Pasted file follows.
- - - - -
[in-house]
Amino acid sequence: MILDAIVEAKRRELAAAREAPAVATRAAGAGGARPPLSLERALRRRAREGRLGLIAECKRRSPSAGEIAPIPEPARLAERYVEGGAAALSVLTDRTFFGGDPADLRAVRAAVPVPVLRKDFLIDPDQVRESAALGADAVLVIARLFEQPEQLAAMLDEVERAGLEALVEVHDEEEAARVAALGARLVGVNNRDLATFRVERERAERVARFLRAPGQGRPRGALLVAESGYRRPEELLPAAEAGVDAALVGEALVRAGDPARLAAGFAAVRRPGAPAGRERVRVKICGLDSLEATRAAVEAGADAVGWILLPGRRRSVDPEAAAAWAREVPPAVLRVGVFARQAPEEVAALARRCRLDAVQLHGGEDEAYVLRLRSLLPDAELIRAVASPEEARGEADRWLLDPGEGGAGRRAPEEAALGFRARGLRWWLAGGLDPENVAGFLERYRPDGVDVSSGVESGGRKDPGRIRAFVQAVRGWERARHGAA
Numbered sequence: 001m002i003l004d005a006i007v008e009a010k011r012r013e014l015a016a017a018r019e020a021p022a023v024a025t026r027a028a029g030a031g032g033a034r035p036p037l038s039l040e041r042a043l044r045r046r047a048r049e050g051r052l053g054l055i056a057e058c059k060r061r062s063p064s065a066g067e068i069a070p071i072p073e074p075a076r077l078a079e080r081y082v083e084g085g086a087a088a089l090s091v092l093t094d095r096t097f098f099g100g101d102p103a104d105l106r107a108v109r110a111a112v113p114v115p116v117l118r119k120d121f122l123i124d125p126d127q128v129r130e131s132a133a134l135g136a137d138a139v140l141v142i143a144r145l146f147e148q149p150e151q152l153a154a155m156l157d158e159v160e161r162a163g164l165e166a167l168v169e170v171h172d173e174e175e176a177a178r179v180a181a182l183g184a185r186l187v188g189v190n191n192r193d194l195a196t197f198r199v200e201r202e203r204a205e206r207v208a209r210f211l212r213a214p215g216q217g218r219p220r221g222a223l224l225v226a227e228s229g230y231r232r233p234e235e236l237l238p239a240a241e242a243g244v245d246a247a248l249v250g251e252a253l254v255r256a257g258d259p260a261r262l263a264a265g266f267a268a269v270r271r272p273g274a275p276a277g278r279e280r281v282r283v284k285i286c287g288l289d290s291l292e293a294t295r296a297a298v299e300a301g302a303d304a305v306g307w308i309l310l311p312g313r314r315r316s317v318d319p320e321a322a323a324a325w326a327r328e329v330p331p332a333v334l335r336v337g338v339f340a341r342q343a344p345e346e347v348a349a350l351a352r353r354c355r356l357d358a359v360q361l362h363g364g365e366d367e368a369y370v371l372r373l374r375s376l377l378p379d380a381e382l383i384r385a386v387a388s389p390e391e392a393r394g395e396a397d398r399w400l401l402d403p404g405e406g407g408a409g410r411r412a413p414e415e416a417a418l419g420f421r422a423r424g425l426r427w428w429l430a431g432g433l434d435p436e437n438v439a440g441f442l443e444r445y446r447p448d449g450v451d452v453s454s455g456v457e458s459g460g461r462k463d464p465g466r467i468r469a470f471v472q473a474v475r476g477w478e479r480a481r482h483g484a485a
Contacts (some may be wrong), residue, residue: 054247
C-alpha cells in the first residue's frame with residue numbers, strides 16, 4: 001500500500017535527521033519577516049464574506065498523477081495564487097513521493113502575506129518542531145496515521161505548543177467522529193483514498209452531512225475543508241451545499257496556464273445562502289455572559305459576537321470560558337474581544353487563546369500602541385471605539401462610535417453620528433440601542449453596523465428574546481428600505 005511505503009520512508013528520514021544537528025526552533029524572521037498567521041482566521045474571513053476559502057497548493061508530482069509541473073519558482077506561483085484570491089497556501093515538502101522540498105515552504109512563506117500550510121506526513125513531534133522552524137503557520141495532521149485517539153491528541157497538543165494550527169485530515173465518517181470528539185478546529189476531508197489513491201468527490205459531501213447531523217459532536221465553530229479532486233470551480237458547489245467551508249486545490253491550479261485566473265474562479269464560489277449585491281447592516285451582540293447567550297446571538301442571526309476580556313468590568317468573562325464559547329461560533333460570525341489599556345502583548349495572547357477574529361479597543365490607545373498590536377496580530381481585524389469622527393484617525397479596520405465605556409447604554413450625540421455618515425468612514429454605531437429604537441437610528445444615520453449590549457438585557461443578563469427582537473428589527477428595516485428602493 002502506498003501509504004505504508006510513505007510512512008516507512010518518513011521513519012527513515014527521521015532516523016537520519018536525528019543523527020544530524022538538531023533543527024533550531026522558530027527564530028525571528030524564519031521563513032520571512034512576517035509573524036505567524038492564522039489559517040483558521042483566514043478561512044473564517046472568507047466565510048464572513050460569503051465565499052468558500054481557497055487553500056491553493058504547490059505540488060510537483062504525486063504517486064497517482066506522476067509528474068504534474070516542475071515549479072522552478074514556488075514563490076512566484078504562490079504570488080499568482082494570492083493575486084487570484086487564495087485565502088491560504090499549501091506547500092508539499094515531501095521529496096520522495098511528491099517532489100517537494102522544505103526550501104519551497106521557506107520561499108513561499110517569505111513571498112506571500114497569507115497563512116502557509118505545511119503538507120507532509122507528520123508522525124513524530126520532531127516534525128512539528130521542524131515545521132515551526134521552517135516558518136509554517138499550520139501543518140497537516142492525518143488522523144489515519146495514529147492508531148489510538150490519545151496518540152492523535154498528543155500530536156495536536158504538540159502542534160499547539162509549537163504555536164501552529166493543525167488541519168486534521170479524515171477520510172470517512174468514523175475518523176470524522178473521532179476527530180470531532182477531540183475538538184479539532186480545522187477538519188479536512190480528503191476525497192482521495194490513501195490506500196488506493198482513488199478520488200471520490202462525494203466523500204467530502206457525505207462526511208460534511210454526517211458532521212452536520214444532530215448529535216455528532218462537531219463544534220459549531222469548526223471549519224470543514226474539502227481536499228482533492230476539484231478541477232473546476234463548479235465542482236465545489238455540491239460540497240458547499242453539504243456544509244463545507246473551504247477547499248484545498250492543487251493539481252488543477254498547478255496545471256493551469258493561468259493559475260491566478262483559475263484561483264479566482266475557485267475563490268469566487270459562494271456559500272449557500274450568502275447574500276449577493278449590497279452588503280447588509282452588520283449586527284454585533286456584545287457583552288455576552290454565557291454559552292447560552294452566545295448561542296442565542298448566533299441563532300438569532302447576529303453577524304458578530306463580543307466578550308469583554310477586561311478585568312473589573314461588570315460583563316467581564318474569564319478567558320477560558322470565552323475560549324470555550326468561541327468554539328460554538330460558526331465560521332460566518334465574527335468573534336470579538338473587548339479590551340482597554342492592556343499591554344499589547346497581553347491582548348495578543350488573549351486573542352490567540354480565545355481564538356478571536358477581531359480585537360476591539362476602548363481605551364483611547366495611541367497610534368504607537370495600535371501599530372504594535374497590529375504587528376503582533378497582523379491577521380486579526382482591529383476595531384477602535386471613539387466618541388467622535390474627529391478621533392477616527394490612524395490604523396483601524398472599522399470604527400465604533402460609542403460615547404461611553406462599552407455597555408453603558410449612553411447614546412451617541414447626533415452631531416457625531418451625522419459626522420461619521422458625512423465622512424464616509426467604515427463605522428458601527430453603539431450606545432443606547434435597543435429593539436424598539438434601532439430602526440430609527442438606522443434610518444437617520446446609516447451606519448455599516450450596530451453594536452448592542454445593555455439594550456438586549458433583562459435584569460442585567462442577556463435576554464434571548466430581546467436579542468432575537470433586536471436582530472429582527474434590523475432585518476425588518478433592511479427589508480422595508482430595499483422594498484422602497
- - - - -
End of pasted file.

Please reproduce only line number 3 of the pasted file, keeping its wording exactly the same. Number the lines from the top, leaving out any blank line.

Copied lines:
Numbered sequence: 001m002i003l004d005a006i007v008e009a010k011r012r013e014l015a016a017a018r019e020a021p022a023v024a025t026r027a028a029g030a031g032g033a034r035p036p037l038s039l040e041r042a043l044r045r046r047a048r049e050g051r052l053g054l055i056a057e058c059k060r061r062s063p064s065a066g067e068i069a070p071i072p073e074p075a076r077l078a079e080r081y082v083e084g085g086a087a088a089l090s091v092l093t094d095r096t097f098f099g100g101d102p103a104d105l106r107a108v109r110a111a112v113p114v115p116v117l118r119k120d121f122l123i124d125p126d127q128v129r130e131s132a133a134l135g136a137d138a139v140l141v142i143a144r145l146f147e148q149p150e151q152l153a154a155m156l157d158e159v160e161r162a163g164l165e166a167l168v169e170v171h172d173e174e175e176a177a178r179v180a181a182l183g184a185r186l187v188g189v190n191n192r193d194l195a196t197f198r199v200e201r202e203r204a205e206r207v208a209r210f211l212r213a214p215g216q217g218r219p220r221g222a223l224l225v226a227e228s229g230y231r232r233p234e235e236l237l238p239a240a241e242a243g244v245d246a247a248l249v250g251e252a253l254v255r256a257g258d259p260a261r262l263a264a265g266f267a268a269v270r271r272p273g274a275p276a277g278r279e280r281v282r283v284k285i286c287g288l289d290s291l292e293a294t295r296a297a298v299e300a301g302a303d304a305v306g307w308i309l310l311p312g313r314r315r316s317v318d319p320e321a322a323a324a325w326a327r328e329v330p331p332a333v334l335r336v337g338v339f340a341r342q343a344p345e346e347v348a349a350l351a352r353r354c355r356l357d358a359v360q361l362h363g364g365e366d367e368a369y370v371l372r373l374r375s376l377l378p379d380a381e382l383i384r385a386v387a388s389p390e391e392a393r394g395e396a397d398r399w400l401l402d403p404g405e406g407g408a409g410r411r412a413p414e415e416a417a418l419g420f421r422a423r424g425l426r427w428w429l430a431g432g433l434d435p436e437n438v439a440g441f442l443e444r445y446r447p448d449g450v451d452v453s454s455g456v457e458s459g460g461r462k463d464p465g466r467i468r469a470f471v472q473a474v475r476g477w478e479r480a481r482h483g484a485a